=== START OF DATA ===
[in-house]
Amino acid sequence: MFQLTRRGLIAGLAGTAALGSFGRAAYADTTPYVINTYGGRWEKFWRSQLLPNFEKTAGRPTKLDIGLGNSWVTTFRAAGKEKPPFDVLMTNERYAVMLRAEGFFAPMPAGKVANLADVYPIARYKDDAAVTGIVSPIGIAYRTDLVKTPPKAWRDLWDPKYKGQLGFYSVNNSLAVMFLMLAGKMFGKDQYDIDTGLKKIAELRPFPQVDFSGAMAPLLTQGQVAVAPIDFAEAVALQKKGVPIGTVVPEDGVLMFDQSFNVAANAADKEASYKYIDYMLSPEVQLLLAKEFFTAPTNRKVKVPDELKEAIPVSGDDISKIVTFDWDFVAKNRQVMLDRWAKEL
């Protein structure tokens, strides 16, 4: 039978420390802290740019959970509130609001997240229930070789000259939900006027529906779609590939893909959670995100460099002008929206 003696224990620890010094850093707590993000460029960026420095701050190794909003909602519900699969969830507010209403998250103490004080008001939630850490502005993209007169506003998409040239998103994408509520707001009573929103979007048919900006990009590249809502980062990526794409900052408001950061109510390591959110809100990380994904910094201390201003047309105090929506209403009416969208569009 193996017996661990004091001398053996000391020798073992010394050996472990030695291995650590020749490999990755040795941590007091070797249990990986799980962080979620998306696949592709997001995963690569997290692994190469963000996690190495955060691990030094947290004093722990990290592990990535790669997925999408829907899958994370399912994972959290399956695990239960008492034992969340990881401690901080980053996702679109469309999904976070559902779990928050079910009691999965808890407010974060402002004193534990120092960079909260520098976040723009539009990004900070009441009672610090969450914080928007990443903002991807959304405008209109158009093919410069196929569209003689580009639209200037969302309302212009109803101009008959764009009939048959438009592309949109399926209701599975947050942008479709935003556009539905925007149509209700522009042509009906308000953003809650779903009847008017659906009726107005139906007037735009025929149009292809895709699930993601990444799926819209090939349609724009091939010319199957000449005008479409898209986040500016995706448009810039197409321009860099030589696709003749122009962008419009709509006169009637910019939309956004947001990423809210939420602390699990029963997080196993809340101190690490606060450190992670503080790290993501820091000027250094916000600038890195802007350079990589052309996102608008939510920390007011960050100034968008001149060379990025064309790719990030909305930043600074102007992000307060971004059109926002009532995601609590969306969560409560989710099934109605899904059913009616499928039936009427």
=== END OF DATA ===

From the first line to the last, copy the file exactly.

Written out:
[in-house]
Amino acid sequence: MFQLTRRGLIAGLAGTAALGSFGRAAYADTTPYVINTYGGRWEKFWRSQLLPNFEKTAGRPTKLDIGLGNSWVTTFRAAGKEKPPFDVLMTNERYAVMLRAEGFFAPMPAGKVANLADVYPIARYKDDAAVTGIVSPIGIAYRTDLVKTPPKAWRDLWDPKYKGQLGFYSVNNSLAVMFLMLAGKMFGKDQYDIDTGLKKIAELRPFPQVDFSGAMAPLLTQGQVAVAPIDFAEAVALQKKGVPIGTVVPEDGVLMFDQSFNVAANAADKEASYKYIDYMLSPEVQLLLAKEFFTAPTNRKVKVPDELKEAIPVSGDDISKIVTFDWDFVAKNRQVMLDRWAKEL
């Protein structure tokens, strides 16, 4: 039978420390802290740019959970509130609001997240229930070789000259939900006027529906779609590939893909959670995100460099002008929206 003696224990620890010094850093707590993000460029960026420095701050190794909003909602519900699969969830507010209403998250103490004080008001939630850490502005993209007169506003998409040239998103994408509520707001009573929103979007048919900006990009590249809502980062990526794409900052408001950061109510390591959110809100990380994904910094201390201003047309105090929506209403009416969208569009 193996017996661990004091001398053996000391020798073992010394050996472990030695291995650590020749490999990755040795941590007091070797249990990986799980962080979620998306696949592709997001995963690569997290692994190469963000996690190495955060691990030094947290004093722990990290592990990535790669997925999408829907899958994370399912994972959290399956695990239960008492034992969340990881401690901080980053996702679109469309999904976070559902779990928050079910009691999965808890407010974060402002004193534990120092960079909260520098976040723009539009990004900070009441009672610090969450914080928007990443903002991807959304405008209109158009093919410069196929569209003689580009639209200037969302309302212009109803101009008959764009009939048959438009592309949109399926209701599975947050942008479709935003556009539905925007149509209700522009042509009906308000953003809650779903009847008017659906009726107005139906007037735009025929149009292809895709699930993601990444799926819209090939349609724009091939010319199957000449005008479409898209986040500016995706448009810039197409321009860099030589696709003749122009962008419009709509006169009637910019939309956004947001990423809210939420602390699990029963997080196993809340101190690490606060450190992670503080790290993501820091000027250094916000600038890195802007350079990589052309996102608008939510920390007011960050100034968008001149060379990025064309790719990030909305930043600074102007992000307060971004059109926002009532995601609590969306969560409560989710099934109605899904059913009616499928039936009427």